Hordes of the Things is a BBC radio comedy series parodying The Lord of the Rings and the fantasy genre in general in a style similar to The Hitchhiker's Guide to the Galaxy. It was written by "A. P. R. Marshall and J. H. W. Lloyd" (Andrew Marshall and John Lloyd) and produced by Geoffrey Perkins.
The series consists of four half-hour episodes or "Chronicles", originally broadcast on BBC Radio 4 from November 25 to December 16 1980. This was the only uncut broadcast; all subsequent repeats have omitted part of the opening narration from The First Chronicle.
The cast includes Patrick Magee as the Chronicler, Simon Callow as the Crown Prince Veganin (named after an analgesic), Frank Middlemass as the wizard Radox the Green (named after a brand of green bath salts), Paul Eddington as the misnamed King Yulfric the Wise III (a virtual reprise of his role as Jim Hacker from Yes, Minister), Maggie Steed as Queen Elfreda, Christian Rodska as the hero Agar son of Athar, and Johnathan Lynn as the dwarf Golin Longshanks.
Warning: Wikipedia contains spoilers.
The plot such as it is concerns the threat to the small kingdom of Albion by The Evil One (a Dark Lord) and her ravening hordes, which have completely surrounded the country and are preparing to move in.
Prince Veganin has raised a mighty army to defend Albion, only to see them all call in sick; his father King Yulfric thinks he is exaggerating the danger, and suggests that allowances should be made for foreign customs (like human sacrifice). In any case, Yulfric is too busy changing clothes with a commoner to have any time for affairs of state - the commoner in question being the woodcutter's daughter.
The great wizard Radox recruits the young hero Agar to find the mighty horn Summontrumpet which can call forth the six heroes of legend. To Agar's chagrin, Radox sends him a companion in the shape of the gluttonous dwarf Golin Longshanks, who is under the delusion that Radox's program of height exercises has turned him into a giant.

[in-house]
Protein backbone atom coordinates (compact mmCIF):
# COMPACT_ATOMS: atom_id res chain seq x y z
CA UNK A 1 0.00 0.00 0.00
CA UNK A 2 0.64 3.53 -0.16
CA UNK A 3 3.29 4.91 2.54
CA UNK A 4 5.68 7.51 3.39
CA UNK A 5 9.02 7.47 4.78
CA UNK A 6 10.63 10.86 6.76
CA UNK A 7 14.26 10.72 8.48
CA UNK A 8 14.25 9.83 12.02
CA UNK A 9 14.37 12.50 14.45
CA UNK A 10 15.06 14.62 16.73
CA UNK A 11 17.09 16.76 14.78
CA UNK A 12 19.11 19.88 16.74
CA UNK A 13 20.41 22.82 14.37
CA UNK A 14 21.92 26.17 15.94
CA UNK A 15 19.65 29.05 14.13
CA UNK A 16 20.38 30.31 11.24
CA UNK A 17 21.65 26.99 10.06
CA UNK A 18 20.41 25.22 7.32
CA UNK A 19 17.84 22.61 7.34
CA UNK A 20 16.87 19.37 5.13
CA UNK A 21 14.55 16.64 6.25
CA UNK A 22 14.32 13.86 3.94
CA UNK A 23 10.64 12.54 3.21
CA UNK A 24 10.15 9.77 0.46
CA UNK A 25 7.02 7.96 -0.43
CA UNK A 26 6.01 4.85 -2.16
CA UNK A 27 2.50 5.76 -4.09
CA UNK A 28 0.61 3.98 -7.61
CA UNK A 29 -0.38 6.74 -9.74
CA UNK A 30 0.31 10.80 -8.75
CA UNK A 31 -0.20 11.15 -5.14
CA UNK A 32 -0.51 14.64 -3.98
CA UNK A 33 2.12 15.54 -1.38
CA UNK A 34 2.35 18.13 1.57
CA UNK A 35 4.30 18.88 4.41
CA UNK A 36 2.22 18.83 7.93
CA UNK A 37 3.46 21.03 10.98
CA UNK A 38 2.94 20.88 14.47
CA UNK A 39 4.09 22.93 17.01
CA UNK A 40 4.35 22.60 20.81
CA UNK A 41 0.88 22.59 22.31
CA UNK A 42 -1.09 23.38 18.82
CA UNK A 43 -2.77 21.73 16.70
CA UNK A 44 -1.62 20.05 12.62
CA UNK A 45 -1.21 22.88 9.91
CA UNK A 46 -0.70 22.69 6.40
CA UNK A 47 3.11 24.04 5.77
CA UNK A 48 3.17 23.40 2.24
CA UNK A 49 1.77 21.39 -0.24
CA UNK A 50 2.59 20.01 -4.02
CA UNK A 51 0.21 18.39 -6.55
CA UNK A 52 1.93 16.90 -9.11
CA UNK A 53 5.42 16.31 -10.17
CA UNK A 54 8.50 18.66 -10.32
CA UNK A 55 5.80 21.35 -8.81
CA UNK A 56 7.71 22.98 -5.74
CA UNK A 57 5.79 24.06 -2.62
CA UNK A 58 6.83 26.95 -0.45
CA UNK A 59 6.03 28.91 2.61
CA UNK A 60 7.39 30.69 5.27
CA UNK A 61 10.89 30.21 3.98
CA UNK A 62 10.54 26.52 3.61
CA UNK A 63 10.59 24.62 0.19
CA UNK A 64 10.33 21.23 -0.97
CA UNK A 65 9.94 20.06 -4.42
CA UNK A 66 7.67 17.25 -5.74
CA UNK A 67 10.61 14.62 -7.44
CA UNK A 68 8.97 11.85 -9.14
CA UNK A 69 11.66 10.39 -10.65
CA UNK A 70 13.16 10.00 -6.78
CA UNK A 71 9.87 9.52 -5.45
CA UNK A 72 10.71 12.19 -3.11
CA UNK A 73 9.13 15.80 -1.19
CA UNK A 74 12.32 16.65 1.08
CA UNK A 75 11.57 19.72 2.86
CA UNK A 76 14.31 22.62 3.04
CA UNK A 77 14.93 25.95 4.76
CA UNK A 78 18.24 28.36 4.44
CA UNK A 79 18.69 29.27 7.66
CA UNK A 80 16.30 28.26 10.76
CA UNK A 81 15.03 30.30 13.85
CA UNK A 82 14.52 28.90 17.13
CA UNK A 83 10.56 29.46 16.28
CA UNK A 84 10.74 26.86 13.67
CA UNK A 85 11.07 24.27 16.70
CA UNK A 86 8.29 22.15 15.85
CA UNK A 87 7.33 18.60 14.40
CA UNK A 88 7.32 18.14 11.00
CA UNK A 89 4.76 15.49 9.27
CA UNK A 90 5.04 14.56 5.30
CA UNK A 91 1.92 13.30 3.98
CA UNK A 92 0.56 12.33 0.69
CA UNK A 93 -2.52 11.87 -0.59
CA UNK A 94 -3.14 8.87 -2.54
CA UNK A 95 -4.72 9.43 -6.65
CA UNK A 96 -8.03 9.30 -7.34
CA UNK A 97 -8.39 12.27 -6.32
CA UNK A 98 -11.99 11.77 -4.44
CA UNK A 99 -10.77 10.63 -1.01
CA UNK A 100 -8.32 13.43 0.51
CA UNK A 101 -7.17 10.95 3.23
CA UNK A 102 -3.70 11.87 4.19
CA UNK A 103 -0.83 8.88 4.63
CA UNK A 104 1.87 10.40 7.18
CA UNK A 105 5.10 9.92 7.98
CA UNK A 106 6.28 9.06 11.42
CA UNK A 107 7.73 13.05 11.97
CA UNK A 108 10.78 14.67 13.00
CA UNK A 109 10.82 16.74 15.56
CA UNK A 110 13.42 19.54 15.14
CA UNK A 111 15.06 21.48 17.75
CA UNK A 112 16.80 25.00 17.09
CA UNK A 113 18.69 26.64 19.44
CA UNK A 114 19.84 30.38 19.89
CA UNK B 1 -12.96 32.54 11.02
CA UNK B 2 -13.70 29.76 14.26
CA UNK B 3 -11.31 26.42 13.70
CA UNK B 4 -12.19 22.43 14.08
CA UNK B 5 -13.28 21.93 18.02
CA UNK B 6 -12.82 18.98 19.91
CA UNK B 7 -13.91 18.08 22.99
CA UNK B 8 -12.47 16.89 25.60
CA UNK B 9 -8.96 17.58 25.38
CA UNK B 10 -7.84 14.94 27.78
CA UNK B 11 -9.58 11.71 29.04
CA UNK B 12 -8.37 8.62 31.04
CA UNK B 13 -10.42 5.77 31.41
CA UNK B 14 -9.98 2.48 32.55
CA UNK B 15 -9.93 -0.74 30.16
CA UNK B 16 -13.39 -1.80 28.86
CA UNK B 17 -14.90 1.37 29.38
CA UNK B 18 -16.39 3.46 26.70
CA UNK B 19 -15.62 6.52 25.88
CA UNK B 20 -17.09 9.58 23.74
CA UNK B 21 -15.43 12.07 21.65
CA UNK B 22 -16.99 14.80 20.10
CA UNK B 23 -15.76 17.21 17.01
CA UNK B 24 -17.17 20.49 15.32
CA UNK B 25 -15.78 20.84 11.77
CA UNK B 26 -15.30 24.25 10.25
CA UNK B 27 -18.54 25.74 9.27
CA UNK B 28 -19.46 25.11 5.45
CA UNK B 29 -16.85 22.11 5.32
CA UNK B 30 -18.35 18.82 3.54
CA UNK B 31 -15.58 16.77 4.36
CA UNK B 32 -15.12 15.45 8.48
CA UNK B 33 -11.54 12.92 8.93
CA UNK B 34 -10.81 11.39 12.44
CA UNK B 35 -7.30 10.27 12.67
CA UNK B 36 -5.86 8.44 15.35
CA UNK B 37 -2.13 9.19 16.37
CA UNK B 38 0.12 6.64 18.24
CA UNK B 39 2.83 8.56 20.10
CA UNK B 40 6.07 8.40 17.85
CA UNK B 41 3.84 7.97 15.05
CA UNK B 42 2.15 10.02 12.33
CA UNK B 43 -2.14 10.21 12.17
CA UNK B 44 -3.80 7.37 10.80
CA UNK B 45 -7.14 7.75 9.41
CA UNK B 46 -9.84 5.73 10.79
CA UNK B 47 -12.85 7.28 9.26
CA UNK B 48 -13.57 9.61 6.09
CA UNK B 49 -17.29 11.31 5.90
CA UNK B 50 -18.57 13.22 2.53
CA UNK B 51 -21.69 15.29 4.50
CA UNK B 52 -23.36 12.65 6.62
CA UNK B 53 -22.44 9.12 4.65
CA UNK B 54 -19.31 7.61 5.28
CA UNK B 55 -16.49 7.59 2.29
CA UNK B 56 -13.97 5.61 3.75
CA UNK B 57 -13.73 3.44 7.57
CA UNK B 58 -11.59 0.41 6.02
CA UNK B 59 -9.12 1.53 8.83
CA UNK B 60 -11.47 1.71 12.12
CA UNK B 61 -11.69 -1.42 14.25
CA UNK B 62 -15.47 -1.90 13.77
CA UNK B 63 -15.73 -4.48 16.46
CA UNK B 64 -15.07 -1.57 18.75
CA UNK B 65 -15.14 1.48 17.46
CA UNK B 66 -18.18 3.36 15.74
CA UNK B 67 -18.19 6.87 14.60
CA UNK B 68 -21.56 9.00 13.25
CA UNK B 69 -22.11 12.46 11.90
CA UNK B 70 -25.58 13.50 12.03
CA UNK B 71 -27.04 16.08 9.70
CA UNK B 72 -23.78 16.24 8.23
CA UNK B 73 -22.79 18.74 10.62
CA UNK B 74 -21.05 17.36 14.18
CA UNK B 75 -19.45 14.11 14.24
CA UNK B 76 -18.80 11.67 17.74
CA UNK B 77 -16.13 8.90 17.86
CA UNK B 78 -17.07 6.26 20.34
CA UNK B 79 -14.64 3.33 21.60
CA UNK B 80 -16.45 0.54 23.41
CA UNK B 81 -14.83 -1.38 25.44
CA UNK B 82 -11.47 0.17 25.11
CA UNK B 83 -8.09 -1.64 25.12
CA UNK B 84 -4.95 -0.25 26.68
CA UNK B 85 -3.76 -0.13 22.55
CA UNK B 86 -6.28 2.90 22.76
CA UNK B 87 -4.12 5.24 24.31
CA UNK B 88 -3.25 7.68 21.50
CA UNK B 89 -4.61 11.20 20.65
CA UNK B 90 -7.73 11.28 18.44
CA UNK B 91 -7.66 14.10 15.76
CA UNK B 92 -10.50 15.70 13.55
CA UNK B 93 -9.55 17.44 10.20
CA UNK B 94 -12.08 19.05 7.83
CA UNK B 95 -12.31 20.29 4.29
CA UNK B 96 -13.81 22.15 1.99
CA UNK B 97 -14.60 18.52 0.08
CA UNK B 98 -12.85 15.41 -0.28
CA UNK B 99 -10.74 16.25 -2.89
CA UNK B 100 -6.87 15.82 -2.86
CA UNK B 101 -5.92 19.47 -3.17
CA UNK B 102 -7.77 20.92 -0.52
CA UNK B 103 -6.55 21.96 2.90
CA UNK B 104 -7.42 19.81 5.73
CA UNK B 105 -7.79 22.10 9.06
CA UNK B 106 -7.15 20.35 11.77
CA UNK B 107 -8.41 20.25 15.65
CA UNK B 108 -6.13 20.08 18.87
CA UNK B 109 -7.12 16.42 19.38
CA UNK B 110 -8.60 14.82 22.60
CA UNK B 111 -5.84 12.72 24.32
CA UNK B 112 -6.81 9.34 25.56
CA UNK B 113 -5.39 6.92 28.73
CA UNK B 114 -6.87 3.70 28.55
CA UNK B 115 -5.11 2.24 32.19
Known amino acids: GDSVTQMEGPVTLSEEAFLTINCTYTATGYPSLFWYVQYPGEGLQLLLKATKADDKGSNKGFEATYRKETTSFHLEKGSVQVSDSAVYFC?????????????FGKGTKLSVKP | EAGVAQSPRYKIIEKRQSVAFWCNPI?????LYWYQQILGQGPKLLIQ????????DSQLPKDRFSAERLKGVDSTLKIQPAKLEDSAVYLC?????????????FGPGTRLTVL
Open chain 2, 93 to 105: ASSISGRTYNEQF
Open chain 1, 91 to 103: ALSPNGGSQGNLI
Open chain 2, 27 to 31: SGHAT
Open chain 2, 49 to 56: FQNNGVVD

Radox himself attends the Great Conference of All Wizards, but most of the wizards are too busy with the food and entertainment to bother with the heavy stuff about destroying evil.
Meanwhile Veganin has set off on his own quest to slay the leaders of the evil hordes, beginning with the High Bishop of Zylbor, whose priests baptise people by holding their heads under water until they stop struggling. What Veganin doesn't realise, until it is seemingly too late, is that the Bishop's gaze will turn anything it falls upon to ashes.
Agar and Golin finally wrest Summontrumpet from the clutches of the Dread Sphynx, which has the body of a snake, the head of a snake, and the feet of a snake, and arrive upon the plains of Albion as the Seven Armies of Hell begin their invasion. The only thing that could possibly go wrong would be if the wrong person should sound the horn by mistake....
The series was launched with a good deal of hype. A full-page feature in Radio Times included a map of Albion and a spoof interview with Marshall and Lloyd. Despite this, the series was repeated only once, never released on cassette or CD, and largely forgotten until BBC 7 dusted off the (still abridged) tapes for a rerun in May 2003 and again in December.
Only six months after Hordes of the Things was first aired, the first episode of the BBC's epic radio producton of The Lord of the Rings began its 26-week run. Some of the voices in Hordes sound suspiciously similar to the equivlent characters in LOTR. Perhaps the producers of Hordes had heard about the casting for the forthcoming Tolkien adaptation and chose their own cast accordingly.